Friday, February 27, 2009

Model Minorities Revisited

Here are two interesting articles on Indian Americans that I ran into recently. They illustrate the very old debate between those who would want to classify certain ethnic groups as the "model minority" and the burgeoning resistance by Asian-American communities in rejecting these ideologically-loaded ethnic stereotypes.

The author of the article, interestingly, is a fellow at the conservative think tank American Enterprise Institute. If this is the type of stupid propaganda that the AEI is coming up with these days in their effort to indoctrinate Americans they are gonna have to do better as Deepa Iyer deftly demolishes Richwine's condescending, racist argument. Despite this note which perspective got the wider and more prominent distribution in Forbes Magazine.

Indian Americans: The New Model Minority by Jason Richwine
The superior educational attainment, academic culture and likely high IQ of Indian Americans has already made them an economic force in the U.S., and that strength can only grow. Does this continuing success imply they will become a political force? Here, Gov. Jindal is actually a rarity. Indians are still underrepresented in politics, and they do not specialize in the kinds of fields (law and finance) most conducive to political careers. Time will tell if they are able to convert economic power into serious political influence, as a Jindal presidency could.

A much clearer implication of Indian-American success is that immigrants need not be unskilled, nor must their economic integration take generations to achieve. In sharp contrast to Indian Americans, most U.S. immigrants, especially Mexican, are much less wealthy and educated than U.S. natives, even after many years in the country.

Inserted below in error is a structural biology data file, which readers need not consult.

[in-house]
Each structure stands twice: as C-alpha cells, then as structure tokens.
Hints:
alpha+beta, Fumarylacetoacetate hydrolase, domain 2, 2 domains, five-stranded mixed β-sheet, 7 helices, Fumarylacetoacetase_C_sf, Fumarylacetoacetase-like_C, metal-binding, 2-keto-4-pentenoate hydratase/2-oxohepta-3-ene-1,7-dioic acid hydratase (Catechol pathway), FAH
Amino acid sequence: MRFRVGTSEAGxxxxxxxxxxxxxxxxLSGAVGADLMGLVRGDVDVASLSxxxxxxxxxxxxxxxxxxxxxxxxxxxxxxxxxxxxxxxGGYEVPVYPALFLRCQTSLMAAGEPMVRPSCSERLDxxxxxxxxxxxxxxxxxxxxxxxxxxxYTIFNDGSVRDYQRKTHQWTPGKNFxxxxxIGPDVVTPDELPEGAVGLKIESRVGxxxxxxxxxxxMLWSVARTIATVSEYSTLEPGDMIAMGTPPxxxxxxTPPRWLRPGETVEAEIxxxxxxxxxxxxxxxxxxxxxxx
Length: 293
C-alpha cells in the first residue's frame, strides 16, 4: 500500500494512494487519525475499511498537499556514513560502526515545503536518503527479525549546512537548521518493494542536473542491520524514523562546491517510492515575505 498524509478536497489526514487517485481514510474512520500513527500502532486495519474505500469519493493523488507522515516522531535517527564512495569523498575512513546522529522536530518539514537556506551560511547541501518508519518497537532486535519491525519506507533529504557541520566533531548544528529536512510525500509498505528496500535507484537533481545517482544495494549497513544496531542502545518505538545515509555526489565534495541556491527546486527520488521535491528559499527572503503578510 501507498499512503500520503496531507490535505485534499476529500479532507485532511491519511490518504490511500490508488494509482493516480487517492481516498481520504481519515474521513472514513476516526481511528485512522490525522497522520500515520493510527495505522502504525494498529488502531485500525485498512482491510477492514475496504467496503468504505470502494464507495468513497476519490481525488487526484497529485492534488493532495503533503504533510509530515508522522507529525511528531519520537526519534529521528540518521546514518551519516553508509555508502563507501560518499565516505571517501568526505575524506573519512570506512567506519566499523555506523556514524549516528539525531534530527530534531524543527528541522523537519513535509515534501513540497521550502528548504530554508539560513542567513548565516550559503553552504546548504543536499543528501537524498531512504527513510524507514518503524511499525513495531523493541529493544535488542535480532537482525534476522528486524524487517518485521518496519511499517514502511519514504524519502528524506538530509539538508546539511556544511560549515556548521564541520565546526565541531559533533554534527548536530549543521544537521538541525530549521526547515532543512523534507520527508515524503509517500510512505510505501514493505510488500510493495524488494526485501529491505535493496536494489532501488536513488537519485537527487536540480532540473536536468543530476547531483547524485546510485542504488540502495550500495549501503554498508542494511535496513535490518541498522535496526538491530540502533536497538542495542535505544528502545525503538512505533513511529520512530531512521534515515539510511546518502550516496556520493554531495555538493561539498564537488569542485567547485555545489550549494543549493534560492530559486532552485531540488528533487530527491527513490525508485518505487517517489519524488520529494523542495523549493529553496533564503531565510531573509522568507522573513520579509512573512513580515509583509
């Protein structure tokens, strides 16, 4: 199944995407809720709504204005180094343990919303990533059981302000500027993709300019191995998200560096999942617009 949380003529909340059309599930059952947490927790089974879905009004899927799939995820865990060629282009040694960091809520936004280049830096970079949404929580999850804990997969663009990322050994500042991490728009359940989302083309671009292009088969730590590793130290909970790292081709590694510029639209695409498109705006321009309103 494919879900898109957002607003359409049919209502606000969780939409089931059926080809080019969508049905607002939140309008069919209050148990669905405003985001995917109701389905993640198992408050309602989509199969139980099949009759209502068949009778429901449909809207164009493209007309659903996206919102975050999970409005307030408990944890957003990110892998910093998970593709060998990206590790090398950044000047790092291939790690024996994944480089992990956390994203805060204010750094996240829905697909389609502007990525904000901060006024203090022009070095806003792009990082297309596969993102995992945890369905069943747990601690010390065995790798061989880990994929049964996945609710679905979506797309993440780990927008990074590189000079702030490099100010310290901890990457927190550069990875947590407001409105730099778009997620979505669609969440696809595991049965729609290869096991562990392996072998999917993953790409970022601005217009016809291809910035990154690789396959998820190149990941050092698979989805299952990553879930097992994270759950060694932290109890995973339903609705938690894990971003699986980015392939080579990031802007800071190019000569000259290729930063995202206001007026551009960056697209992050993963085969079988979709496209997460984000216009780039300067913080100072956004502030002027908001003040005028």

Model Minority? No, Thanks by Deepa Iyer
From RaceWire: The Colorlines Blog
In reality, Indian Americans, much like other immigrants, have diverse experiences and backgrounds. Indian Americans are doctors, engineers and lawyers, as well as small business owners, domestic workers, taxi drivers and convenience store employees. Community members hold a range of immigration statuses and include naturalized citizens and H-1B visa holders, guest workers and students, undocumented workers and green card holders. Some have access to higher education while others struggle to learn English in a new country. As with all communities, Indian Americans do not come in the same shape and form, and cannot be treated as a monolith.

Another danger with the model minority label is that it creates divisions between Indian Americans and other immigrant communities. Beneath the seemingly positive use of the “model minority” label is a pernicious racist undertone: the purpose, after all, is to compare one set of people with another, and the result is to pit people of color against one another.

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